‘Music for a while shall all your cares beguile.’ Dryden’s words have never seemed as apt as at the conclusion of this wonderful sequence of improvisations on Purcell’s songs and arias, interspersed with instrumental chaconnes and toccatas, by L’Arpeggiata.

Nabucco at Orange

The acoustic of the gigantic Théâtre Antique Romain at Orange cannot but astonish its nine thousand spectators, the nearly one hundred meter breadth of the its proscenium inspires awe. There was excited anticipation for this performance of Verdi’s first masterpiece.

Richard Strauss: Notturno

Richard Strauss may be most closely associated with the soprano voice but this recording of a selection of the composer’s lieder by baritone Thomas Hampson is a welcome reminder that the rapt lyricism of Strauss’s settings can be rendered with equal beauty and character by the low male voice.

Saint Louis: A Hit is a Hit is a Hit

Opera Theatre of Saint Louis has once again staked claim to being the summer festival “of choice” in the US, not least of all for having mounted another superlative world premiere.

La Flûte Enchantée (2e Acte)
at the Aix Festival

In past years the operas of the Aix Festival that took place in the Grand Théâtre de Provence began at 8 pm. The Magic Flute began at 7 pm, or would have had not the infamous intermittents (seasonal theatrical employees) demanded to speak to the audience.

Ariodante at the Aix Festival

High drama in Aix. Three scenarios in conflict — those of G.F. Handel, Richard Jones and the intermittents (disgruntled seasonal theatrical employees). Make that four — mother nature.

Lucy Crowe, Wigmore Hall

The programme declared that ‘music, water and night’ was the connecting thread running through this diverse collection of songs, performed by soprano Lucy Crowe and pianist Anna Tilbrook, but in fact there was little need to seek a unifying element for these eclectic works allowed Crowe to demonstrate her expressive range — and offered the audience the opportunity to hear some interesting rarities.

The Turn of the Screw, Holland Park

‘Only make the reader’s general vision of evil intense enough … and his own experience, his own imagination, his own sympathy … will supply him quite sufficiently with all the particulars.

Plenty of Va-Va-Vroom: La Fille du Regiment, Iford

It is not often that concept, mood, music and place coincide perfectly. On the first night of Opera della Luna’s La Fille du Regiment at Iford Opera in Wiltshire, England we arrived with doubts (rather large doubts it should be admitted)as to whether Donizetti’s “naive and vulgar” romp of militarism and proto-feminism, peopled with hordes of gun-toting soldiers and praying peasants, could hardly be contained, surely, inside Iford’s tiny cloister?

OPERA TODAY ARCHIVES »

Reviews

 Yvonne Kenny as Blanche DuBois and Stuart Skelton as Mitchell [Photo by Jeff Busby courtesy of Opera Australia]
11 Dec 2009

A Streetcar Named Desire at Opera Australia

Musically, Australia looks to Britain and Europe, especially for its operatic diet and America’s considerable operatic output has been overlooked.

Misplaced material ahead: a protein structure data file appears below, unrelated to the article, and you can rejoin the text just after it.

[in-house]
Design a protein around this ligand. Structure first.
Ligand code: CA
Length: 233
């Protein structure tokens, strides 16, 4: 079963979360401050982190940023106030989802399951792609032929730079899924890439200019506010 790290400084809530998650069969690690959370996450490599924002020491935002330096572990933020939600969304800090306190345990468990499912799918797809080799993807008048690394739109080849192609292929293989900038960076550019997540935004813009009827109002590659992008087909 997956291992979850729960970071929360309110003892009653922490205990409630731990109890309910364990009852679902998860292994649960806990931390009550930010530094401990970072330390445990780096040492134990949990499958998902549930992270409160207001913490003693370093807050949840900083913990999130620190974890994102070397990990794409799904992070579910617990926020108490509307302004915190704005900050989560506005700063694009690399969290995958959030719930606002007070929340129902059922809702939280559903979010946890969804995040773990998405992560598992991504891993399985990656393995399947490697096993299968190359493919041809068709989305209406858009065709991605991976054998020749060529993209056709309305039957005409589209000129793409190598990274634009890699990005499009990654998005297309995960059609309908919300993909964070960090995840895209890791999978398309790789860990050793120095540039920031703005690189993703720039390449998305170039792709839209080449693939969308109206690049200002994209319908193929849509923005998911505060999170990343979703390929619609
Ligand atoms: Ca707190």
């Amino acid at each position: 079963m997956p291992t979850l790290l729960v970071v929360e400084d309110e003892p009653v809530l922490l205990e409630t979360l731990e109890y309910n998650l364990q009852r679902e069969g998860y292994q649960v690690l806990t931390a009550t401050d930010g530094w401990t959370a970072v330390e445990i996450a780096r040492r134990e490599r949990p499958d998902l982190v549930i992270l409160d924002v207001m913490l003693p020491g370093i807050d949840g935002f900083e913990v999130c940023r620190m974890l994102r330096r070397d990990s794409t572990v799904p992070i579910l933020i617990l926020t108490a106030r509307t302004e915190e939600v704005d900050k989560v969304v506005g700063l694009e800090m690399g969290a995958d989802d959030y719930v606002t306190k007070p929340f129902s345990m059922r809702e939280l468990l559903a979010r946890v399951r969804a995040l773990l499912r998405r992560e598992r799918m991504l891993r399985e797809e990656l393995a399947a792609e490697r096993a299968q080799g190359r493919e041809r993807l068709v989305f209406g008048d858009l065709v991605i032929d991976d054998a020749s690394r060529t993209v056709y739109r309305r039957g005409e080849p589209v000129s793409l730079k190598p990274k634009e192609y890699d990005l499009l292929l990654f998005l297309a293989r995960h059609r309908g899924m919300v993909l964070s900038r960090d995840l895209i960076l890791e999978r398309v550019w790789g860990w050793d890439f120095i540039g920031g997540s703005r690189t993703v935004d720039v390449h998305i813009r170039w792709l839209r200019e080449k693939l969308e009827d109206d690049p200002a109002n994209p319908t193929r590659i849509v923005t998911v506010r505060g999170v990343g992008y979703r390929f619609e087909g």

André Previn: A Streetcar Named Desire

Blanche DuBois: Yvonne Kenny; Stella Kowalski: Antoinette Halloran; Stanley Kowalski: Teddy Tahu Rhodes; Harold ‘Mitch’ Mitchell: Stuart Skelton; Eunice Hubble: Dominica Matthews; Steve Hubble: Andrew Brunsdon; A Young Collector: Stephen Smith; A Mexican Woman: Jacqueline Dark. Conductor: Tom Woods; Director: Bruce Beresford; Set & Costume Designer: John Stoddart. State Theatre, The Arts Centre, Melbourne. December 2, 5 & 12 2009.Blanche DuBois:

Above: Yvonne Kenny as Blanche DuBois and Stuart Skelton as Mitchell

All photos by Jeff Busby courtesy of Opera Australia

 

Despite the sensational impact Menotti’s The Consul had when it premiered in Australia in 1953 — making a star out of Marie Collier — it was revived professionally only once more in 1985. Even Menotti’s perennial Christmas favourite Amahl and the Night Visitors has had few professional productions. Consequently the 2007 production of André Previn’s A Streetcar Named Desire was a significant event.

Previn has composed vocal music and music theatre often during his long career but for his first, fully-fledged opera, he has approached the task from an area he knows better than most other opera composers. When the work premiered in 1998 commentators considered the music and approach, with its many jazz references, to be more akin to cinema in style and form. Listening to the way Previn’s score fits the stage action and libretto it is indeed very cinematic and works in the same way a skilled screen composer (which Previn is) underscores action, giving the visuals a musically dramatic undercurrent equal to the emotional content of the scene. Musically it is very approachable, with overtones of Copland, Barber, Menotti, Britten and Previn’s very knowledgeable synthesis of American jazz in its make up but never as derivative as some commentators would make it out to be. Very soon one becomes accustomed to the music and style and it appears that vocal lines are created out of the musical undercurrent rather accompanied by it. Not that Previn does not create arias per se. There are many solo moments or aria and arioso, the earliest being when Stella (Antoinette Halloran) describes to the astonished Blance (Yvonne Kenny) her unconditional love for the brutish Stanley (Teddy Tahu Rhodes). Cradled in music of great beauty and lyricism Previn creates a mood within the orchestra as an arching and aching commentary under Stella’s attempt to make Blanche understand her love. As important as the sung music are Previns’s preludes and interludes. The prelude includes jazzy chords that recur and represent, like a motive, Blance Du Bois doom. The interludes, like those in Menotti’s The Consul, hold or develop the action of a scene and seamlessly develop it into the next.